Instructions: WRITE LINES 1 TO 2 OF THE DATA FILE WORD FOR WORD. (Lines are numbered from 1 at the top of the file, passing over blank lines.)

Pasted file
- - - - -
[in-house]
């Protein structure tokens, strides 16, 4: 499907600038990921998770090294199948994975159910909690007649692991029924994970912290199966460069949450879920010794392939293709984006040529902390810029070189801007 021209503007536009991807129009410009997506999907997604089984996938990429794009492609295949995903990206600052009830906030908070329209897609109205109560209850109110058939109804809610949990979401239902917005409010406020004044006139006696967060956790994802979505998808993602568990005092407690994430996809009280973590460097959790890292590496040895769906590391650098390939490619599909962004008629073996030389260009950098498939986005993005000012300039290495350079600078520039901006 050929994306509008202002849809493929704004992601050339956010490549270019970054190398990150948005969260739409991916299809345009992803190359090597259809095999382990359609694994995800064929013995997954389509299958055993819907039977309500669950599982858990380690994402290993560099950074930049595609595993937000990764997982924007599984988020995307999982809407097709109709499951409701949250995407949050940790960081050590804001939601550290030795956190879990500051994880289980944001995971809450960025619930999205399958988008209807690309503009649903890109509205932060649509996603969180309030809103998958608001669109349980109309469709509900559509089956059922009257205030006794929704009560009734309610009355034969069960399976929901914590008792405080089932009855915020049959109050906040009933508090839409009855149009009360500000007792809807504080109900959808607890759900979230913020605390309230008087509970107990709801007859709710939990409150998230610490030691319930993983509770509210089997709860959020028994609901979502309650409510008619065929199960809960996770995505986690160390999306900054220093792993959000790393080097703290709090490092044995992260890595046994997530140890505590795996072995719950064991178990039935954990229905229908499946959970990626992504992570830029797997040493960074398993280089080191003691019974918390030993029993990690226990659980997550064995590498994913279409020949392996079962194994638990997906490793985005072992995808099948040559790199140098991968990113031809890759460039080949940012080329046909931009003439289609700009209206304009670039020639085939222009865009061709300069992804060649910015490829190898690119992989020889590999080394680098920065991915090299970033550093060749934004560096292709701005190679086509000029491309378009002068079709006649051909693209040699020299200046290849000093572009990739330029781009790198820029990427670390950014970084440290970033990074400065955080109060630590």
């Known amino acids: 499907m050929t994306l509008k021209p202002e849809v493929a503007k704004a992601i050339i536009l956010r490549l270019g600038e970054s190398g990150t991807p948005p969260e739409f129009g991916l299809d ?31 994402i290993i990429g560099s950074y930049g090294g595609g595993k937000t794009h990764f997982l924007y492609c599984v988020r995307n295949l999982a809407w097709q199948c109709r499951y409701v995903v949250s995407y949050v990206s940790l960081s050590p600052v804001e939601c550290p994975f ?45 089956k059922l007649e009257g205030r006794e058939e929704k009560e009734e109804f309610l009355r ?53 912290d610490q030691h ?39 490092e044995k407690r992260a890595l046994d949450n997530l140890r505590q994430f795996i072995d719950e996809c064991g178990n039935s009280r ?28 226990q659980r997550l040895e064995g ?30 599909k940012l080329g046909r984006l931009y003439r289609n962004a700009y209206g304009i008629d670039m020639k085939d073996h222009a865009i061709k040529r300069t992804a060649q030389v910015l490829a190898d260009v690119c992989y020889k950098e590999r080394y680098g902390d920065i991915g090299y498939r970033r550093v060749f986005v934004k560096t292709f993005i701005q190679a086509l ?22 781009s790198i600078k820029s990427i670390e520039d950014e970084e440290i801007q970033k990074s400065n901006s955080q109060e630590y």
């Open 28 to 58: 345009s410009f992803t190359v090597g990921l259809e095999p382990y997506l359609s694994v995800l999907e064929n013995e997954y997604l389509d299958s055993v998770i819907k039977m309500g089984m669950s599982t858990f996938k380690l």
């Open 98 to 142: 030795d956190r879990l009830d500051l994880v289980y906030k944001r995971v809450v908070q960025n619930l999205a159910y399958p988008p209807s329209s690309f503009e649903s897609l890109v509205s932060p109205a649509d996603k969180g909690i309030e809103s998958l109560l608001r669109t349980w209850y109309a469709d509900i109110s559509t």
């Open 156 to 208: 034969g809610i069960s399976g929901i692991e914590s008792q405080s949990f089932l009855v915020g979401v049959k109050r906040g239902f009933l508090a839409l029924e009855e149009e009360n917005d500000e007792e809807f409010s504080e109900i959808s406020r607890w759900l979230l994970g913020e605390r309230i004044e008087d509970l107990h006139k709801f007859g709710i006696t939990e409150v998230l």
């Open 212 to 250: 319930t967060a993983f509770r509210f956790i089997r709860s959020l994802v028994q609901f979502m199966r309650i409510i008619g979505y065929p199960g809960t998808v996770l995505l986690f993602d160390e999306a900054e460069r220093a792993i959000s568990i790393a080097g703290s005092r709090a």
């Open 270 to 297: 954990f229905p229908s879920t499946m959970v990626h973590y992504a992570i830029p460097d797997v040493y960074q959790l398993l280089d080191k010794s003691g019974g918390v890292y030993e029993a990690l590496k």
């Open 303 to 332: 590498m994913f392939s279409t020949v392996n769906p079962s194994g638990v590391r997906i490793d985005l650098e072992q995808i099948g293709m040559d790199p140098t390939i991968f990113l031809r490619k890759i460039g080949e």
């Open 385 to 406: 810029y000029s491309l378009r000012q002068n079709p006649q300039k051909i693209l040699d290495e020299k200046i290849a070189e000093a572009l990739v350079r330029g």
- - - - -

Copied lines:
[in-house]
């Protein structure tokens, strides 16, 4: 499907600038990921998770090294199948994975159910909690007649692991029924994970912290199966460069949450879920010794392939293709984006040529902390810029070189801007 021209503007536009991807129009410009997506999907997604089984996938990429794009492609295949995903990206600052009830906030908070329209897609109205109560209850109110058939109804809610949990979401239902917005409010406020004044006139006696967060956790994802979505998808993602568990005092407690994430996809009280973590460097959790890292590496040895769906590391650098390939490619599909962004008629073996030389260009950098498939986005993005000012300039290495350079600078520039901006 050929994306509008202002849809493929704004992601050339956010490549270019970054190398990150948005969260739409991916299809345009992803190359090597259809095999382990359609694994995800064929013995997954389509299958055993819907039977309500669950599982858990380690994402290993560099950074930049595609595993937000990764997982924007599984988020995307999982809407097709109709499951409701949250995407949050940790960081050590804001939601550290030795956190879990500051994880289980944001995971809450960025619930999205399958988008209807690309503009649903890109509205932060649509996603969180309030809103998958608001669109349980109309469709509900559509089956059922009257205030006794929704009560009734309610009355034969069960399976929901914590008792405080089932009855915020049959109050906040009933508090839409009855149009009360500000007792809807504080109900959808607890759900979230913020605390309230008087509970107990709801007859709710939990409150998230610490030691319930993983509770509210089997709860959020028994609901979502309650409510008619065929199960809960996770995505986690160390999306900054220093792993959000790393080097703290709090490092044995992260890595046994997530140890505590795996072995719950064991178990039935954990229905229908499946959970990626992504992570830029797997040493960074398993280089080191003691019974918390030993029993990690226990659980997550064995590498994913279409020949392996079962194994638990997906490793985005072992995808099948040559790199140098991968990113031809890759460039080949940012080329046909931009003439289609700009209206304009670039020639085939222009865009061709300069992804060649910015490829190898690119992989020889590999080394680098920065991915090299970033550093060749934004560096292709701005190679086509000029491309378009002068079709006649051909693209040699020299200046290849000093572009990739330029781009790198820029990427670390950014970084440290970033990074400065955080109060630590």